In a cosmic connection, Safire’s New York Times obituary says, “In 1959, working in public relations, he was in Moscow to promote an American products exhibition and managed to steer Vice President Richard M. Nixon and Soviet Premier Nikita S. Khrushchev into the “kitchen debate” on capitalism versus communism.” Imagine that.
The American Autodidact
I did not follow Safire’s political career. I never read his Op Ed columns; in fact, I didn’t even know he wrote them. To me he was the master of the “On Language” columns and nothing more. I was drawn to his aura of compositional authority and his care of and love for the lowliest of details of grammar, syntax, denotations, connotations, usage, trends, even portmanteaux (a particular column that has stuck with me, and I found with the clever title “Listing to Portmanteau”.)
He wrote about one of his greatest errors of all time in a column about copy editing mistakes. He had run into a bad error in print and shared it as an example of a copy editor having a bad day. He then said (I’m paraphrasing, because I can’t find the article):’ I made a copy editing error once. And it’s on the moon. In bronze.’ I never laughed so loud. He had added A.D. to the date of Armstrong’s walk, as though it were B.C., July 16, 1969, A.D. A.D. means Anno Domini, the year of our Lord, and goes before a date (this being before BCE broke into common usage).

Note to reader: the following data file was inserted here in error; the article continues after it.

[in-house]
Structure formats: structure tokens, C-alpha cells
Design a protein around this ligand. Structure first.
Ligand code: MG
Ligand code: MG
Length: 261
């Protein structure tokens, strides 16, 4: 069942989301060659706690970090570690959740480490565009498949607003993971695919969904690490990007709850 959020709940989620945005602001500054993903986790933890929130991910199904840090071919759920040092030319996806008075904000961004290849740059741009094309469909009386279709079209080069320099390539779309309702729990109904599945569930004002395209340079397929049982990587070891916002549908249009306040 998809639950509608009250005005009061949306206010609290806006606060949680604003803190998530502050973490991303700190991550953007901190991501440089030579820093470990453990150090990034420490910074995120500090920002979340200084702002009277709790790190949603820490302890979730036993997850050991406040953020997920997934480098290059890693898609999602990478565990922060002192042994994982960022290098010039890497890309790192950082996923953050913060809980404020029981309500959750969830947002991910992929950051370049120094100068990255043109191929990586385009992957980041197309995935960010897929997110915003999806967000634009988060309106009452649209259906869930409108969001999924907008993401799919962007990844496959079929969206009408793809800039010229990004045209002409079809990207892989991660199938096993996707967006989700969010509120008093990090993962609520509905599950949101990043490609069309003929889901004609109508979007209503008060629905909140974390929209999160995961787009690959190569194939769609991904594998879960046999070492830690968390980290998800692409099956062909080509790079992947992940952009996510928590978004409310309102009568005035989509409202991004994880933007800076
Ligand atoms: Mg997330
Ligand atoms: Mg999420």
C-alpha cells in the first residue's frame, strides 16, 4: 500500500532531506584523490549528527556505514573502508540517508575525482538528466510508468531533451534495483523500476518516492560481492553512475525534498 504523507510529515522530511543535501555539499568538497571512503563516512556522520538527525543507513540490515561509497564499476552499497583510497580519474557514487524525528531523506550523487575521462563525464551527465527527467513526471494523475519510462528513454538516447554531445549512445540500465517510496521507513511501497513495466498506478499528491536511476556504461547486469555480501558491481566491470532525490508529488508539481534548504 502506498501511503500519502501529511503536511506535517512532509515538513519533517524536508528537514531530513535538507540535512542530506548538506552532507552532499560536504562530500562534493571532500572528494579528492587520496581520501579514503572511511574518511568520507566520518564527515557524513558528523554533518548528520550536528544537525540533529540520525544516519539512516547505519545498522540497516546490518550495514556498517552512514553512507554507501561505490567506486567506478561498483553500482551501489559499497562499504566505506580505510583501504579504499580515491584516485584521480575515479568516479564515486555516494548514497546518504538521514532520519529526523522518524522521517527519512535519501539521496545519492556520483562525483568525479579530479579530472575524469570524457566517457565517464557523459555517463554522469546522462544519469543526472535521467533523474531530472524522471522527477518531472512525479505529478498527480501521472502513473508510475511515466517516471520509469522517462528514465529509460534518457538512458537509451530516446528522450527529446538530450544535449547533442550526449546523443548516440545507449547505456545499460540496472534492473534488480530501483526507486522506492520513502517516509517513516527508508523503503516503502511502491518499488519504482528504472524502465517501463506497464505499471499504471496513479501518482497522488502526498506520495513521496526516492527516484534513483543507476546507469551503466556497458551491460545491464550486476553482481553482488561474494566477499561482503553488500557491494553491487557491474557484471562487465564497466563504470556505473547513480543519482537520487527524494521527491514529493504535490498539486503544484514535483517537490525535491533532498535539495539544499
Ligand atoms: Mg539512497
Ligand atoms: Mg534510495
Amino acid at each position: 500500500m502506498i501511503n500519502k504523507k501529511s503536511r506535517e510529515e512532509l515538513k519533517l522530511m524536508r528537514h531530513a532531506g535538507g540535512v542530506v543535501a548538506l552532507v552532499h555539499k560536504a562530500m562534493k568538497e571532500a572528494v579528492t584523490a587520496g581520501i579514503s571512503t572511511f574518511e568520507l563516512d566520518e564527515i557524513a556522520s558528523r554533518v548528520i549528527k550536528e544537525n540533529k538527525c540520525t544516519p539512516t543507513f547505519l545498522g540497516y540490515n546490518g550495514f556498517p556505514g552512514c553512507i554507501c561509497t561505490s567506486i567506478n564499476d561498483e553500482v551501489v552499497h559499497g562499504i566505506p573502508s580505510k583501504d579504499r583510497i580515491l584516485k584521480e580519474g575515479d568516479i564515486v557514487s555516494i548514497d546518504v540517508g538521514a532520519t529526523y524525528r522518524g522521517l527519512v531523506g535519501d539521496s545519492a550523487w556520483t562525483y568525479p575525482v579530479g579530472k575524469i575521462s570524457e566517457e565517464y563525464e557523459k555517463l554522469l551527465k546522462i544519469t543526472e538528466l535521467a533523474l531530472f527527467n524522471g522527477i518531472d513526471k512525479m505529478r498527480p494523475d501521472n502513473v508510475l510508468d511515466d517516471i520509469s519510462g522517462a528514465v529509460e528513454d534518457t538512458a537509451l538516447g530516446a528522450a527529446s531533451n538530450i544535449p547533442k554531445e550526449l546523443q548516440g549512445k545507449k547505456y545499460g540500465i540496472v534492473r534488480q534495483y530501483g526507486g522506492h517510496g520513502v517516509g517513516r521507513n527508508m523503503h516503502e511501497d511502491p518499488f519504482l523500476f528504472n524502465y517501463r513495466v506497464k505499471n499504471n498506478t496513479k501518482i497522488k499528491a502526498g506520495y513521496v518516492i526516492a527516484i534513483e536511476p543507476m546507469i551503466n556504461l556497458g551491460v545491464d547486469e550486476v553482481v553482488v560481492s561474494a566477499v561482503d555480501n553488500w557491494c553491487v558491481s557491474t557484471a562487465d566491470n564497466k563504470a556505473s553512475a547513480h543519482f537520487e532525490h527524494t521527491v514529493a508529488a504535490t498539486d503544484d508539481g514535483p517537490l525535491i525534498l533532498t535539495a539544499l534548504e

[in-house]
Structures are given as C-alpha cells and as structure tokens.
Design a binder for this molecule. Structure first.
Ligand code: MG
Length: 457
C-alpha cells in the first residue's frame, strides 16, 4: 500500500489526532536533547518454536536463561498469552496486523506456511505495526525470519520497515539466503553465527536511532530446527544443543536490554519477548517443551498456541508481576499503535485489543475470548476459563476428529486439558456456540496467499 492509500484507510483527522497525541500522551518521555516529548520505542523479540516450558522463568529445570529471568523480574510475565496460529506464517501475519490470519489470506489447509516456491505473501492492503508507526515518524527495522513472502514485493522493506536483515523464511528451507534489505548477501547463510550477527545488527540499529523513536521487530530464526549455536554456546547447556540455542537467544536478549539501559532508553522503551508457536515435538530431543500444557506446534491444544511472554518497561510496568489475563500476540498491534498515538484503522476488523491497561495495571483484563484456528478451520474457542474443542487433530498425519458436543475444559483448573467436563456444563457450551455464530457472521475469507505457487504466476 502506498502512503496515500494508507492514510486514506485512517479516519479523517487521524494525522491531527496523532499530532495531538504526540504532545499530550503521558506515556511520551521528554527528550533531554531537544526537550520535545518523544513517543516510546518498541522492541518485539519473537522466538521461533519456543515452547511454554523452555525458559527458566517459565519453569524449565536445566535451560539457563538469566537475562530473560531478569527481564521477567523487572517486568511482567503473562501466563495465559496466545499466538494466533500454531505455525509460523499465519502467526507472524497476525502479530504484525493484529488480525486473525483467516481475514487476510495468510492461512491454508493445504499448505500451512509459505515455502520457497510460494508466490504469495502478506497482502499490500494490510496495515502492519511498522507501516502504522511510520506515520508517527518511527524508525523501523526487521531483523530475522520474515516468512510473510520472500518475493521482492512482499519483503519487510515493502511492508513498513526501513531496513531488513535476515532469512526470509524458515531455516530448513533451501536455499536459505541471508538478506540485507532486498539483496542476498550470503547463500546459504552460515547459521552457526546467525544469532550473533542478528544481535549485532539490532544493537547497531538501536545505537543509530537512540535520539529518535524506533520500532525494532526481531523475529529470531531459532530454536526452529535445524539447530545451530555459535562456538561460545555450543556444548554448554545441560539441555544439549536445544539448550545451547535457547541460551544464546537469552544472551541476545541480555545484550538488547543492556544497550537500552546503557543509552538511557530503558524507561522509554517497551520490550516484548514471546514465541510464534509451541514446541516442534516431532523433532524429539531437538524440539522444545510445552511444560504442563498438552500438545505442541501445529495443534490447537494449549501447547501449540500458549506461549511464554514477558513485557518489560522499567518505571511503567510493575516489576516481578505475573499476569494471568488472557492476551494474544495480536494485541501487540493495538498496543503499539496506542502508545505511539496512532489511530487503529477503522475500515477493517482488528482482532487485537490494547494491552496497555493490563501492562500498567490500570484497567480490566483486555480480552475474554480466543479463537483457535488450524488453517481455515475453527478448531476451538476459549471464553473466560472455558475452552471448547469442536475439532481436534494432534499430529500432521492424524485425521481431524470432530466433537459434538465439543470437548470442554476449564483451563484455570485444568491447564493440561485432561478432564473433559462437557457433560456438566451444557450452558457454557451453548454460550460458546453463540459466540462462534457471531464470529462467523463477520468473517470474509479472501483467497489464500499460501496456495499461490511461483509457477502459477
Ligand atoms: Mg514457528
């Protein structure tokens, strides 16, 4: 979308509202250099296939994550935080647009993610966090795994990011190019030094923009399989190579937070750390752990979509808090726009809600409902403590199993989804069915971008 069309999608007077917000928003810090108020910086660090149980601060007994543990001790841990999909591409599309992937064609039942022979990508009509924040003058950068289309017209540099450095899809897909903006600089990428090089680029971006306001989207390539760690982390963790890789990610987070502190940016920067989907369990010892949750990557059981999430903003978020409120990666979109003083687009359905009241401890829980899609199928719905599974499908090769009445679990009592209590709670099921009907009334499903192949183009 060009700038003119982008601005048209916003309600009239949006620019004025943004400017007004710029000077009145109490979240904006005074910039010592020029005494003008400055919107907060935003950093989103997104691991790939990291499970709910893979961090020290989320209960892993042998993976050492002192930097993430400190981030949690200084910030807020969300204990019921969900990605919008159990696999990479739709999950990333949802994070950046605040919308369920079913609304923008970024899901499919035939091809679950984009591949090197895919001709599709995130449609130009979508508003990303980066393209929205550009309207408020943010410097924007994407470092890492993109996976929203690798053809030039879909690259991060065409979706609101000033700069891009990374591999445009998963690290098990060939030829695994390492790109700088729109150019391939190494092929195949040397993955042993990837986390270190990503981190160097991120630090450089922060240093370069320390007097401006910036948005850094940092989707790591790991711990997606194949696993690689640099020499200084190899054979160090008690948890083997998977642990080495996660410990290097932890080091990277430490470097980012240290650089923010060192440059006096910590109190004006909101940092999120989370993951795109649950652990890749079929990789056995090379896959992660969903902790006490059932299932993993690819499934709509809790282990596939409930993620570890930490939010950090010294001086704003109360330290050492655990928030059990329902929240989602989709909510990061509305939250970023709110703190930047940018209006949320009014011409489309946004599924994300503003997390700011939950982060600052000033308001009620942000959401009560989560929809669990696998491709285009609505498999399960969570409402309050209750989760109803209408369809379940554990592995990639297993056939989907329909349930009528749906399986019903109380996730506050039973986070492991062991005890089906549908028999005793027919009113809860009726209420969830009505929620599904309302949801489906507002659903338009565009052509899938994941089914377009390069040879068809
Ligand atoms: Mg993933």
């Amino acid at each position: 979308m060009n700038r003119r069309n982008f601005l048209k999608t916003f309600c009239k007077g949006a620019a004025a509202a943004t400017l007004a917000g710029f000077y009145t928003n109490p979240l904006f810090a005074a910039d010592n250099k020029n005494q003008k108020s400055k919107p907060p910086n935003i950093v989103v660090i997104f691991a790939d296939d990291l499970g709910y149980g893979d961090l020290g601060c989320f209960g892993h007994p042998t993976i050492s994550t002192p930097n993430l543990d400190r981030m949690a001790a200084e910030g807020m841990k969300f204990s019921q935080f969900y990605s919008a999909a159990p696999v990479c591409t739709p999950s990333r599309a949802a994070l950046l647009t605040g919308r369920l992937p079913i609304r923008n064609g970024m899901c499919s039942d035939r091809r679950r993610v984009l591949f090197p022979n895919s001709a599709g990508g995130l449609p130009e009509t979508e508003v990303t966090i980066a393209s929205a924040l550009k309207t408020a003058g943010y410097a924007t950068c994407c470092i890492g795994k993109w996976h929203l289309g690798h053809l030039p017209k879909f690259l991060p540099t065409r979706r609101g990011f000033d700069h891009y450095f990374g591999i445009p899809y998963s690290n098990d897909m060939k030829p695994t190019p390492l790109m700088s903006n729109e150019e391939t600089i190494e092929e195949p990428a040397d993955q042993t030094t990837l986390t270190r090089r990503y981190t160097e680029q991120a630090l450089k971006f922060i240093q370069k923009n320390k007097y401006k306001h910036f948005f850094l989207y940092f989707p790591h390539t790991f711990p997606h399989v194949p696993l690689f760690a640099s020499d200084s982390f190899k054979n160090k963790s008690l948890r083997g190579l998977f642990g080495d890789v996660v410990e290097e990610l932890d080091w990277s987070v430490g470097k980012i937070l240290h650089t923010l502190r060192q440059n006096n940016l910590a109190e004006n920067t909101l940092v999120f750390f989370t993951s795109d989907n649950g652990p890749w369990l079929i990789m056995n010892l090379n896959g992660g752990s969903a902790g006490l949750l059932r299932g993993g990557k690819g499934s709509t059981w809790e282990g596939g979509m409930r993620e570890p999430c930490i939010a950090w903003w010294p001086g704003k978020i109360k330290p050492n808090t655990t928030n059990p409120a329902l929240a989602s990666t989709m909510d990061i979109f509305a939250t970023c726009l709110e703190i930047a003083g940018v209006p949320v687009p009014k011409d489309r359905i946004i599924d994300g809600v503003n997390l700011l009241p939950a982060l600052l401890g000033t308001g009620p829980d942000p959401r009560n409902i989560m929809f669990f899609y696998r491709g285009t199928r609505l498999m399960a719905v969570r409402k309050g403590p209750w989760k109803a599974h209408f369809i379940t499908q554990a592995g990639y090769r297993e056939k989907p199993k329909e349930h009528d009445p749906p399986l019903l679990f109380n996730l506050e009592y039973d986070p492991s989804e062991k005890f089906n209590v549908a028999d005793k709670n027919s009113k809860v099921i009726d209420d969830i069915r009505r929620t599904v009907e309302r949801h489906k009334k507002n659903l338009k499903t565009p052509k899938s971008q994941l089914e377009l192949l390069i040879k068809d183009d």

Safire died from pancreatic cancer, that horrifying certain death sentence of all the cancers. Our language will miss this great watchman.
The Russian Soul
My childhood was tinged by the Red scare. The days of “duck and cover” under your desk were over, but the Russians were still the evil empire to be feared. And yet, there were the artists, who could not be denied: Tolstoy, Dostoyevsky, Pasternak, Tchaikovsky, Rimsky-Korsakov, Rachmaninoff. Such towering intellects. They have to be, living inside their language. Nouns decline in 6 cases in singular and plural. From Wiki: “Russian distinguishes between consonant phonemes with palatal secondary articulation and those without, the so-called soft and hard sounds. This distinction is found between pairs of almost all consonants and is one of the most distinguishing features of the language.”
I have never sung the Russian repertoire. The Vespers piece follows the Russian Orthodox Service: Come, Let Us Worship; Lord, Now Lettest Thou,; Rejoice O Virgin; My Soul Magnifies the Lord; The Great Doxology; To Thee the Victorious Leader. It was written in 1915, during World War 1, before the revolution that broke apart Russian life.
The edition we sing is transliterated above the original Cyrillic, and even with that the combination of letters is very difficult for the English speaker.
Blagoslova, dushe moya, Ghospoda. Bless the Lord, O My Soul.
Still, it is a thrill to wander for a bit in this extraordinary language, to touch the mind of Rachmaninoff, the exquisite pianist, the student of Tchaikovsky. He died in Beverly Hills in 1943, from melanoma. He is buried in Kenisco Cemetery in Valhalla, New York, in the company of Wendy Barrie, New Yorker cartoonist Peter Arno, Anne Bancroft, Billie Burke, Paddy Chayefsky, Lou Gehrig, Danny Kaye, and Ayn Rand.